On 5/27/09 12:35 PM, "bruce" <bedoug...@earthlink.net> wrote:

> hi tom...
> if i understand your state diagram/workflow process. your server repsonds to
> the client request, with two actions...
>  action 1) return data to client relatively fast
>  action 2) insert the data into your cache (or whereever) which takes
> time...
> is this correct?

sure. but it was just an example of use of such an output and connection
control technique.

> do you have to somehow use the 'new'/updated cache data in the future
> actions with the client...

this was part of the example, yes. but another example could be that you
process a web client's html form request, then send the client its response,
close the client connection and then proceed with a whole bunch of complex
logging of what was done.

> it might be possible for you to have a setup, where you have an external
> cron process, or other continually running process that does the cache
> insertions....

yes. this is one of the proposals david otton made, both of which are
reasonable but do not enjoy the convenience or efficiency of doing the "end
work" (e.g. the cache insertion) in the same process and memory space as the
script that did the "front work" (e.g. processed the cache miss and sent the
ajax response). doing the "end work" in a separate process comes with the
overhead of serializing and communicating data to the other process.

i found a web page suggesting that you can get a client to close the
connection if you set ignore_user_abort(), then send Connection: close and
Content-Length: <#octets> headers, then send the response followed by
ob_flush and flush. can't say i'm in love with this.


> -----Original Message-----
> From: Tom Worster [mailto:f...@thefsb.org]
> Sent: Wednesday, May 27, 2009 7:14 AM
> To: bruce; php-general@lists.php.net
> Subject: Re: [PHP] continue working after finishing up with the http
> client
> On 5/27/09 9:50 AM, "bruce" <bedoug...@earthlink.net> wrote:
>> exacly what are you trying to accomplish? is this in a web app? has the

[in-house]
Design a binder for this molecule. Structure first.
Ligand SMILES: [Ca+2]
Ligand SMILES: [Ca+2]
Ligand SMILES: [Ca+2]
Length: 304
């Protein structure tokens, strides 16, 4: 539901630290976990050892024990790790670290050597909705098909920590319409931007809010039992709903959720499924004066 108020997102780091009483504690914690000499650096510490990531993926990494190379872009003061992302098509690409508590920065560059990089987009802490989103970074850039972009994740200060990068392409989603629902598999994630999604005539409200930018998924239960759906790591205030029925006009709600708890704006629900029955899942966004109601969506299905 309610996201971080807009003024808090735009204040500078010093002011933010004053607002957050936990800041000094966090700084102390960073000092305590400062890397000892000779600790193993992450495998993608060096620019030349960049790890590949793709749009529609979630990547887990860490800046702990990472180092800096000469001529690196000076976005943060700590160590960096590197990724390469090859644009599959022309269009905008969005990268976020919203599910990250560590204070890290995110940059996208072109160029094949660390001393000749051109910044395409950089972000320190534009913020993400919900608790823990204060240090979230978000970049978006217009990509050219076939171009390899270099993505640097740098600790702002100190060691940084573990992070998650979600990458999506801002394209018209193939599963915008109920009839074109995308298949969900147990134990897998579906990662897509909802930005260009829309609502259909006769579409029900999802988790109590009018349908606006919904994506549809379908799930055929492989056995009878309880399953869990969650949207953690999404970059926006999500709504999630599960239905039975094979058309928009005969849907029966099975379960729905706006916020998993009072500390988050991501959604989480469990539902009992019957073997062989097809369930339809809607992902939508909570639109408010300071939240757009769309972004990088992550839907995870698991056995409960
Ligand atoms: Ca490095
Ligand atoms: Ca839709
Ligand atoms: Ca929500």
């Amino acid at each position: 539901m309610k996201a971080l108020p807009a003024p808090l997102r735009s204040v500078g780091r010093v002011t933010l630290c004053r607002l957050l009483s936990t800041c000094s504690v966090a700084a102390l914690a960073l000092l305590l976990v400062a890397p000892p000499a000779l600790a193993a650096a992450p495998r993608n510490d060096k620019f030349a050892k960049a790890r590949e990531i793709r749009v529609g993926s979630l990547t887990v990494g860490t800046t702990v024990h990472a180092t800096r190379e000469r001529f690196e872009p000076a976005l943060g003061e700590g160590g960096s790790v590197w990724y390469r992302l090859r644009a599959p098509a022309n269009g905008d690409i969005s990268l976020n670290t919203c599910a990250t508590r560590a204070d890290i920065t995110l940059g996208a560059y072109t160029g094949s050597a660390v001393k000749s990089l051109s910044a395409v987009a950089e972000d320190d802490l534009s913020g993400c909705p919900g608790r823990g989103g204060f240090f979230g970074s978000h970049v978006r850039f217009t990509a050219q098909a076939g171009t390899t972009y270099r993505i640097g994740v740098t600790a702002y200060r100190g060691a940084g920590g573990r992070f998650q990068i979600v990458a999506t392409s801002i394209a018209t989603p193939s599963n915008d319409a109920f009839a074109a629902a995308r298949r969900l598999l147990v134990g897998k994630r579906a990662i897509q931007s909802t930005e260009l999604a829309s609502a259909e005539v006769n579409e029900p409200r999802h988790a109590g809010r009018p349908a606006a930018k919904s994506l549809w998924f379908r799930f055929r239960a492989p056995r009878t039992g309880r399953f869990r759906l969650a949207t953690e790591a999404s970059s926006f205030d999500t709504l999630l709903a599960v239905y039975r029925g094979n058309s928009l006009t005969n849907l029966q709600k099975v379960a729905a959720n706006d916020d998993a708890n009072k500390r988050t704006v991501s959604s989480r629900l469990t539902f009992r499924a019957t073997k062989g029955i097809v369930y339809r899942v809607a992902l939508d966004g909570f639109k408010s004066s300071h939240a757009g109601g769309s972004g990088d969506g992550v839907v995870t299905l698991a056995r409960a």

> user
>> hit the site, logged in, etc?
>> can you provide an example of what the sequence of events are that you're
>> trying to deal with..
> it is a web app.
> let's say for example that we're processing an ajax query. say we can
> normally generate and deliver the response to the client quickly but the
> speed depends on a cache with a relatively low miss rate.
> now, when we get a cache miss, imagine that generating the client response
> from scratch takes significantly less time than generating and inserting the
> new cache entry corresponding to the query. so we want to send the response
> to the client and then process the cache entry.
> without getting into whether or not this cache design makes sense, my
> question in this example is: what options are there for ending the http
> transition and then continuing on to do the cache update work?
>> -----Original Message-----
>> From: Tom Worster [mailto:f...@thefsb.org]
>> Sent: Wednesday, May 27, 2009 6:27 AM
>> To: php-general@lists.php.net
>> Subject: [PHP] continue working after finishing up with the http client
>> what options are there to do the following:
>> 1. receive request from client (including post data)
>> 2. do some work, update the db, prepare output for client
>> 3. send output and finish up with the client
>> 4. do some more work that might take considerable time, updating the db
> some
>> more
>> it would be convenient and efficient if step 4 took place within the same
>> process as steps 1-3. but output control seems not to be sufficient:
>> ob_flush(); flush(); sends the output but leave the client waiting for
> more.
>> is there a way to close the connection as though exit; were called but
>> without quitting the script?
>> alternatively the script could start another process, copy over whatever
>> data is needed and disconnect from it. but that has its overheads on the
>> server.
>> are the other possibilities?
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